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Psy 390 Operant Conditioning Week 3 Ind. Assign.




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Operant Conditioning Paper 1
Operant Conditioning Paper
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PSY 390: Learning and Cognition
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Operant Conditioning Paper 2
Operant Conditioning
Operant Conditioning was created by B.F. Skinner and is represents the idea that learning
is a function of change in observable behavior. The change in behavior is triggered by one’s
response to the events or stimuli that occurs. The stimulus that causes the behavior is referred to
as reinforceres and can be either positive or negative. Reinforcement is the key factor in
Skinners operant conditioning theory and can be any factor that strengthens the occurrence of
the desired behavior ranging from something one’s mother tells them, an award for making good
grades, or a feeling of increased accomplishment. Rather or not a positive or negative
reinforcement has a greater effect on behavior varies with each individual and situation. Operant
conditioning enabled Skinner, along with other researchers to understand behavioral explanations
for a wide range of cognitive experiences. “Operant conditioning has been widely applied in
clinical settings (i.e., behavior modification) as well as teaching (i.e., classroom management)
and instructional development (e.g., programmed instruction)” (Kearsley, 2011).
The Theory of Operant Conditioning
Operant conditioning is characterized by two main principles: “(1) any response that is
followed by a reinforcing stimulus tends to be repeated; and (2) a reinforcing stimulus is
anything that increases the rate with which an operant response occurs” (Olson & Hergenhahn,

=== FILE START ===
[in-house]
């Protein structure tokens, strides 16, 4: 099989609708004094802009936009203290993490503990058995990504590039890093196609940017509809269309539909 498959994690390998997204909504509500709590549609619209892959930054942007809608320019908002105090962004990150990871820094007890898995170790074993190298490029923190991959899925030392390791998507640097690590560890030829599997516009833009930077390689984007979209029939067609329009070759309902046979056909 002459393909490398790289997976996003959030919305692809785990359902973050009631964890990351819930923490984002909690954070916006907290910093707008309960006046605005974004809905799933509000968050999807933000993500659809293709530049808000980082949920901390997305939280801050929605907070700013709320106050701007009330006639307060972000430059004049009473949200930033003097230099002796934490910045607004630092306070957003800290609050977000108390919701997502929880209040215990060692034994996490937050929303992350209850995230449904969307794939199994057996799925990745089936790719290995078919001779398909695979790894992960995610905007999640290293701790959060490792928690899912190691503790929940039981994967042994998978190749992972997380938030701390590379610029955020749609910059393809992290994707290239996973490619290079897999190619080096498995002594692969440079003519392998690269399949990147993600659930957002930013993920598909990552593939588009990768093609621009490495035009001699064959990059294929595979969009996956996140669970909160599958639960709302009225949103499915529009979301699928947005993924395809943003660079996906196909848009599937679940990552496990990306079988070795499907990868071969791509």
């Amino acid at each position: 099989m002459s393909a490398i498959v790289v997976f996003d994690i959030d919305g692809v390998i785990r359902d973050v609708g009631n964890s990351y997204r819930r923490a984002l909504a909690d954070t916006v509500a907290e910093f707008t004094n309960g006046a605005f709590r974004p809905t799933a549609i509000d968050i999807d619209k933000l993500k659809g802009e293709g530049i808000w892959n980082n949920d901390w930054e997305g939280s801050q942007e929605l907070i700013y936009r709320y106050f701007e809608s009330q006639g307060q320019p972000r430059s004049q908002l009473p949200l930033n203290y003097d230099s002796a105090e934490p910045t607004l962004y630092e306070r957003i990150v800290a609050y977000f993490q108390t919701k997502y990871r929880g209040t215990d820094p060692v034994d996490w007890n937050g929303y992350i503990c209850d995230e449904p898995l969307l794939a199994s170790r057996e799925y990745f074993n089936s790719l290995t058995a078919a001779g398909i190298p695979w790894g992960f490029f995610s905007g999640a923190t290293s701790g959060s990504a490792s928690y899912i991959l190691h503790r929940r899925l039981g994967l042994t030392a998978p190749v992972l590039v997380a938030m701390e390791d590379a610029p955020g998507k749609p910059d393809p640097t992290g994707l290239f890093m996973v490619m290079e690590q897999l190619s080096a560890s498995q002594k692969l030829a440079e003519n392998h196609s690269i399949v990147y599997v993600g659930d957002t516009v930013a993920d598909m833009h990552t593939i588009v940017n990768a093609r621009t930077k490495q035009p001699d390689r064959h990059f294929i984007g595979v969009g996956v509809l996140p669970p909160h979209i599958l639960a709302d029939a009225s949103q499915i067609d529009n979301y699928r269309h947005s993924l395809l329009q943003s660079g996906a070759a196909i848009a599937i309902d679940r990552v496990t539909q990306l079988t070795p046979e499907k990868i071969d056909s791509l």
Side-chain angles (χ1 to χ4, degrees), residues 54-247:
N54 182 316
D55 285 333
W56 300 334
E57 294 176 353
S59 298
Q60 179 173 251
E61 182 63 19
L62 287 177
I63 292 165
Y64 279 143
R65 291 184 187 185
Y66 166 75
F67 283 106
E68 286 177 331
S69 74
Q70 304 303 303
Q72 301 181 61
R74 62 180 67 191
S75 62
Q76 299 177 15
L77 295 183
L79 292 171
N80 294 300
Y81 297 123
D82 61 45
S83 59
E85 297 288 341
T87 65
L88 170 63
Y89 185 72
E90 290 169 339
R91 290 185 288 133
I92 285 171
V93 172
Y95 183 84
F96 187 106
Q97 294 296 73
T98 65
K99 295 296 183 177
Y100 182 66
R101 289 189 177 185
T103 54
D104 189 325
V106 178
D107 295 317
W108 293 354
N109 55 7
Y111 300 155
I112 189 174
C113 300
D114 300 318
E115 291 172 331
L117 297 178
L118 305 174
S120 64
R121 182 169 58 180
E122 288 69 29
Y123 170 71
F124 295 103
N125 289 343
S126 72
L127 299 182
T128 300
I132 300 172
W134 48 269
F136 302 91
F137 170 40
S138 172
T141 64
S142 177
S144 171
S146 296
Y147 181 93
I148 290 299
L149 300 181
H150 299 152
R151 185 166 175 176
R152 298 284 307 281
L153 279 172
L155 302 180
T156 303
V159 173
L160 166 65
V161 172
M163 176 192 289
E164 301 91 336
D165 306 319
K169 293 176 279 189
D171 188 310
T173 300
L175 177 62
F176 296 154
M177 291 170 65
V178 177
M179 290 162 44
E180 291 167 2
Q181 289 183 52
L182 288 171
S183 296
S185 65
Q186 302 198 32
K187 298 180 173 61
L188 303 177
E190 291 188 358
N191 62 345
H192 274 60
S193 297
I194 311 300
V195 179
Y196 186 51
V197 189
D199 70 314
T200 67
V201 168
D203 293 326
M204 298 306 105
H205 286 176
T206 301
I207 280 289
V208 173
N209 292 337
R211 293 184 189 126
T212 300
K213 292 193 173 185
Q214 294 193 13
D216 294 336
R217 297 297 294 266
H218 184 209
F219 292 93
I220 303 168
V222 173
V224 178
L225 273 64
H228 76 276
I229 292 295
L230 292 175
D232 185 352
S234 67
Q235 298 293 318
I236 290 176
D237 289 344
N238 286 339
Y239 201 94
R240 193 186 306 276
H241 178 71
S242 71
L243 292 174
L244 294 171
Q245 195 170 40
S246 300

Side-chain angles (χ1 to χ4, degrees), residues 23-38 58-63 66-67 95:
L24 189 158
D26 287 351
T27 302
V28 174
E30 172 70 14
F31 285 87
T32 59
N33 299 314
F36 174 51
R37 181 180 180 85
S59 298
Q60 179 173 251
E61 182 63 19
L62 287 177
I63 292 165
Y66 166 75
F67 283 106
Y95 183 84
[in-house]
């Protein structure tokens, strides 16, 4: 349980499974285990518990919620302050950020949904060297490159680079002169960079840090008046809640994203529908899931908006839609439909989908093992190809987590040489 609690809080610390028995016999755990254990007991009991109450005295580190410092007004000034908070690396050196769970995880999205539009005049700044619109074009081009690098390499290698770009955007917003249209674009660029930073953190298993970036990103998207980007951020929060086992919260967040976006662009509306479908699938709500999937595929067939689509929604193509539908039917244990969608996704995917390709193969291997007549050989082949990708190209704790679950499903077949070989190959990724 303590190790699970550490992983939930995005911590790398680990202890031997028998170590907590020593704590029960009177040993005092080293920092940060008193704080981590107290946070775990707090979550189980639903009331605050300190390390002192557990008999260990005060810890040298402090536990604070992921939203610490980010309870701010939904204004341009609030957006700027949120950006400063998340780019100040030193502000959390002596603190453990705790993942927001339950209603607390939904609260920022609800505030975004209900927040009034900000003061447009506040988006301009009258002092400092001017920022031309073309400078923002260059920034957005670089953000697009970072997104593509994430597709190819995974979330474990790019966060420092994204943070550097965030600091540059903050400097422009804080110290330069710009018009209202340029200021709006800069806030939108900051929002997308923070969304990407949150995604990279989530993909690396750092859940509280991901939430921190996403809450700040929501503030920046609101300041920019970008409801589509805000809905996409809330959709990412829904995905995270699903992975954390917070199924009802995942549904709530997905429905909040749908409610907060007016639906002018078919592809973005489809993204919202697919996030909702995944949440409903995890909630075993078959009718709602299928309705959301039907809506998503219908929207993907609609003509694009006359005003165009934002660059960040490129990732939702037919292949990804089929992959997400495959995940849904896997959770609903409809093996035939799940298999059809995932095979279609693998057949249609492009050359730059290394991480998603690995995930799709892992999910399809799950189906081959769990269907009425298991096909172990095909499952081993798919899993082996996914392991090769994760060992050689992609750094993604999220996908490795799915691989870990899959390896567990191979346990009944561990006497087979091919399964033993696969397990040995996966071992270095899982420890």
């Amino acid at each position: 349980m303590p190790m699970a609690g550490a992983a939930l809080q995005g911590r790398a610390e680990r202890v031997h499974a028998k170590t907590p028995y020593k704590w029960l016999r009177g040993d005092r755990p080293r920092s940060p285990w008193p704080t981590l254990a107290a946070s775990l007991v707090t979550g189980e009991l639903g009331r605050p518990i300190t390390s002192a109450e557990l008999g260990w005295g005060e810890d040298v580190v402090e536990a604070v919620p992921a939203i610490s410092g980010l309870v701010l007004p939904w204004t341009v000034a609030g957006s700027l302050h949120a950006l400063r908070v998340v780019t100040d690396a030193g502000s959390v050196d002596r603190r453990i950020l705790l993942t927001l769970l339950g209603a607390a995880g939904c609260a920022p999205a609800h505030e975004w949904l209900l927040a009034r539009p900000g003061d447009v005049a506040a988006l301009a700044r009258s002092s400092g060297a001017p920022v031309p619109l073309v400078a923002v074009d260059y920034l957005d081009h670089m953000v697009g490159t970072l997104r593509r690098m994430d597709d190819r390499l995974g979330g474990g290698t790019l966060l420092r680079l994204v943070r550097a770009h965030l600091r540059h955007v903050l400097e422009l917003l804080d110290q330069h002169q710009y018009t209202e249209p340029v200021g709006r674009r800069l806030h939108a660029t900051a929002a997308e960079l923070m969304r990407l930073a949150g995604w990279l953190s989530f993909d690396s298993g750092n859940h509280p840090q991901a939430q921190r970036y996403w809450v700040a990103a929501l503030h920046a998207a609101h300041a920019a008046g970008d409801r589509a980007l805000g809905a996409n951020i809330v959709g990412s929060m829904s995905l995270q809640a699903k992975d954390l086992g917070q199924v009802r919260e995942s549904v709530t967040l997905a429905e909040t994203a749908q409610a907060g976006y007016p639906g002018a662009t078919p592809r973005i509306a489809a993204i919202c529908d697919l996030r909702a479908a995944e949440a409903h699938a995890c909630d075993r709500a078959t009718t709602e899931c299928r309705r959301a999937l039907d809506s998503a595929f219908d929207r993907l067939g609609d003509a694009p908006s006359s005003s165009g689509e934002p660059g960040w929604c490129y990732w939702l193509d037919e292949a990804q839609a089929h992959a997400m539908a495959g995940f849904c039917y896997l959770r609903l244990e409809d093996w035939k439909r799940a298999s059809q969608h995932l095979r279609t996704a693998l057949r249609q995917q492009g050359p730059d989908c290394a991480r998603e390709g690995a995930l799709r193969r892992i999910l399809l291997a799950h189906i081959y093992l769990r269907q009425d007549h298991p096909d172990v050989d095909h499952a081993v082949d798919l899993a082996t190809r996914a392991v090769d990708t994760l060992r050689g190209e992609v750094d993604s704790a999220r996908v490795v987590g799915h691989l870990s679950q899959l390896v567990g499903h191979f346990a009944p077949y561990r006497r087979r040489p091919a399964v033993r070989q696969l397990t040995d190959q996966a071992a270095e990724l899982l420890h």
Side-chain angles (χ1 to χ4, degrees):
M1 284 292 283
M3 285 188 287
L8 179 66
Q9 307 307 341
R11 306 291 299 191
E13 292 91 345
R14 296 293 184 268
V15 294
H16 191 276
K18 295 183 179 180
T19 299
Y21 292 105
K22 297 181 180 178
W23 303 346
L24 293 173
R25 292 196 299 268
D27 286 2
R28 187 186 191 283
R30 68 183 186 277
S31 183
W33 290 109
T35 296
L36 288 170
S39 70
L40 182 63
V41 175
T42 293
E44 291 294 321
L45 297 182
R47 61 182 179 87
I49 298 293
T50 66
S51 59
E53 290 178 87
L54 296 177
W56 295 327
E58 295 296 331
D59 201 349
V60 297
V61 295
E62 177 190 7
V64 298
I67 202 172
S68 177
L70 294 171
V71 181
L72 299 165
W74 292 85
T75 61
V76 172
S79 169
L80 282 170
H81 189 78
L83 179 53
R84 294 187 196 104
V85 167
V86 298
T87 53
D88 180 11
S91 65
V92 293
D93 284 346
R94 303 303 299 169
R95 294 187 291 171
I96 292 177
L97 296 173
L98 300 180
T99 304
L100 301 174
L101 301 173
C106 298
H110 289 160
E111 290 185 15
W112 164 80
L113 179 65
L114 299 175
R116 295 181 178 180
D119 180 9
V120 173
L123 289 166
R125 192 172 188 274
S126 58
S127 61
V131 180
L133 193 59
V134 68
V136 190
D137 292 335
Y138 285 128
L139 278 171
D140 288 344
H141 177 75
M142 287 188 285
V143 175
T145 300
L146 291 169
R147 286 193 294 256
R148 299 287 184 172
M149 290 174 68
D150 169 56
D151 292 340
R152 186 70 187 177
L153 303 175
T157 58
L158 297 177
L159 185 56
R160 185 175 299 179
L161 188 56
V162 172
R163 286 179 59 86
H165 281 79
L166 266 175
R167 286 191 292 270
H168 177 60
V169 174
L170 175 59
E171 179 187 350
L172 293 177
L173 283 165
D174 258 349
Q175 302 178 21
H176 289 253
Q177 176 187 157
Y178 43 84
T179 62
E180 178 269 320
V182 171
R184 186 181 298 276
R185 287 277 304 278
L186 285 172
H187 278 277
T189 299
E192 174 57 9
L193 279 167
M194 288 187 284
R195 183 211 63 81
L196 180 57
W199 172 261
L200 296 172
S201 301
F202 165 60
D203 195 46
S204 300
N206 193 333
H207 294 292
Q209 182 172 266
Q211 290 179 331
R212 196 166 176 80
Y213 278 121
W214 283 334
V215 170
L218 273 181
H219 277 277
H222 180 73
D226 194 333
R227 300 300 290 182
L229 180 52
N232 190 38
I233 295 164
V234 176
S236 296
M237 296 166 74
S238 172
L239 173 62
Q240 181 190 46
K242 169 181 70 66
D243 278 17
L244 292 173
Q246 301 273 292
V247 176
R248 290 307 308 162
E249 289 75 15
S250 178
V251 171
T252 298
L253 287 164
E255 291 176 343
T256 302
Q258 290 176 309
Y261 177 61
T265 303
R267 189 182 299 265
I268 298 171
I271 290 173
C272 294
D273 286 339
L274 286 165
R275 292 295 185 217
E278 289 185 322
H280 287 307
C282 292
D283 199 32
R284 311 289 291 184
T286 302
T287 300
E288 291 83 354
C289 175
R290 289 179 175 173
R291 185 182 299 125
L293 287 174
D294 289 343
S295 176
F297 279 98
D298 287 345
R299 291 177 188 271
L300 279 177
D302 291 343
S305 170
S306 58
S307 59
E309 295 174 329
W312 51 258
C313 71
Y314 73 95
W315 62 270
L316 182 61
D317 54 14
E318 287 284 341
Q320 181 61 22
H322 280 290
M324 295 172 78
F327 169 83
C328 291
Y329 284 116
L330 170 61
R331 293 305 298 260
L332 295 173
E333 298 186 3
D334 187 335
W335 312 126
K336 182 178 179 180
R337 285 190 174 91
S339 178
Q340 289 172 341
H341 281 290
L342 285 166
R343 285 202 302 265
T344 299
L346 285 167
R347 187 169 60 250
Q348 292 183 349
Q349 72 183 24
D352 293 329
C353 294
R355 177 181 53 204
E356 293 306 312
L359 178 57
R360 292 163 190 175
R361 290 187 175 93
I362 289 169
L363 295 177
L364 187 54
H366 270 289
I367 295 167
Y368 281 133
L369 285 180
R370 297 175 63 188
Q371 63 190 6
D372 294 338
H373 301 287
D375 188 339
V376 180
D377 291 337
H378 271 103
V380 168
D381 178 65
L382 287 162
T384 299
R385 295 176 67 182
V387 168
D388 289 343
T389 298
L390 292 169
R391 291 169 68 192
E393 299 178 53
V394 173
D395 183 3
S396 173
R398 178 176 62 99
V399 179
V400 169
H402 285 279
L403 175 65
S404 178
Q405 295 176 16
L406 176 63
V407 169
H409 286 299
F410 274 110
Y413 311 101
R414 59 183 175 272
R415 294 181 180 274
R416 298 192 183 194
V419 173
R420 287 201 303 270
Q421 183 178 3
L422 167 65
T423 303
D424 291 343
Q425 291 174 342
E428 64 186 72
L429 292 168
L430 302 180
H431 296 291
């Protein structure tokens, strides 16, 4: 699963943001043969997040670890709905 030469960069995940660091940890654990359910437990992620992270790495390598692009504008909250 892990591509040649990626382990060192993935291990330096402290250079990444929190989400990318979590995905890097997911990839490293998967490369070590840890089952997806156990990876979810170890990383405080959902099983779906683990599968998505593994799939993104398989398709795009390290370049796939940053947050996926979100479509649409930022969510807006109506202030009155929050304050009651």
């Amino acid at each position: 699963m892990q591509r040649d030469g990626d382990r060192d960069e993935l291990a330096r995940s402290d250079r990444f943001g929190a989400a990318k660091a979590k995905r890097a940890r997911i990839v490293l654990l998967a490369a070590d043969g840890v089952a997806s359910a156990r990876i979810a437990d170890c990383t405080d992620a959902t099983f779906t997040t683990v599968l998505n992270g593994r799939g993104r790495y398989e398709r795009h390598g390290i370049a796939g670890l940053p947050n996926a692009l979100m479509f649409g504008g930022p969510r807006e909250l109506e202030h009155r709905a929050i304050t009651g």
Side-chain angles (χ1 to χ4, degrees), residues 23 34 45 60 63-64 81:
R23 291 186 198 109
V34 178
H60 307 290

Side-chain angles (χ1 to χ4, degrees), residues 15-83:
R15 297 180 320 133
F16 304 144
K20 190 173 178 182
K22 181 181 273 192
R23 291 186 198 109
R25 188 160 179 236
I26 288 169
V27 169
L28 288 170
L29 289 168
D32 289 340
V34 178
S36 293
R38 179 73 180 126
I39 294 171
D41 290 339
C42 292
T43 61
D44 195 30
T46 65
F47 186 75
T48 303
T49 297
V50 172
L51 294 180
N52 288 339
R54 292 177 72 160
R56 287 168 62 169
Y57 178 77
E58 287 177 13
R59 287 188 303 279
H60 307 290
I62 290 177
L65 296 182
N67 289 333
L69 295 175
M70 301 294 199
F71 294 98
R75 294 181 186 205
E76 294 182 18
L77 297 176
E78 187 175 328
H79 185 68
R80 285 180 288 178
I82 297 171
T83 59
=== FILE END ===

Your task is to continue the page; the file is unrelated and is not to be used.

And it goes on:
2009). Operant conditioning can be applied to a variety of circumstances involved with one’s
behavior. The theory of operant conditioning involves simply finding a factor that causes an
individual to behave a certain way every time the factor or reinforcer is presented. This theory
also involves modifying behavior. Olson & Hergenhahn (2009) explain this by stating, “to
modify behavior, one merely has to find something that is reinforcing for the organism whose

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Operant Conditioning Paper 3
behavior one wishes to modify, wait until the desired behavior occurs, and then immediately
reinforce the organism.” After this, the occurrence of the desired behavior response will increase
thus further strengthening the conditioned behavior. In regards to other types of behaviorism,
operant conditioning maintains that one can produce responses instead of only eliciting a
response because of an outside stimulus.
Positive & Negative Reinforcement
Positive and negative reinforcement do the same thing, enforce behavior. However, their
difference lies in how they do it. Positive reinforcement includes presenting a stimulus that
increases the possibility that a behavior will occur. Positive reinforcement can include offering
money to a teenager who passed a test or praising a toddler with hugs that picked up his toys.
Negative reinforcement is the removal of a stimulus that increases the likeliness of a behavior
occurring. For example, studying for an exam to avoid getting a bad grade is an example of a
negative reinforcement; the low grade being the negative reinforcer. A good grade could be a
positive reinforcer in that it can trigger one to study as well. A headache is a negative reinforcer
in that it can cause one to take medication. Many wonder which reinforcer has more effect on
behavior. However, it depends on the situation and individual to determine which reinforcer
would be more effective. “Skinner (1953) did not provide a rule that one would follow in
discovering what would be an effective reinforcer. Rather, he said that whether something is
reinforcing can be ascertained only by its effect on behavior” (Olson & Hergenhahn, 2009).
Scenario of Operant Conditioning Shaping Behavior / Schedule
“A response produces a consequence such as defining a word, hitting a ball, or solving a
math problem. When a particular Stimulus-Response (S-R) pattern is reinforced (rewarded), the
individual is conditioned to respond” (Kearsley, 2011). A scenario where operant conditioning
may be used to shape behavior is a struggling student who focuses more on their facebook and

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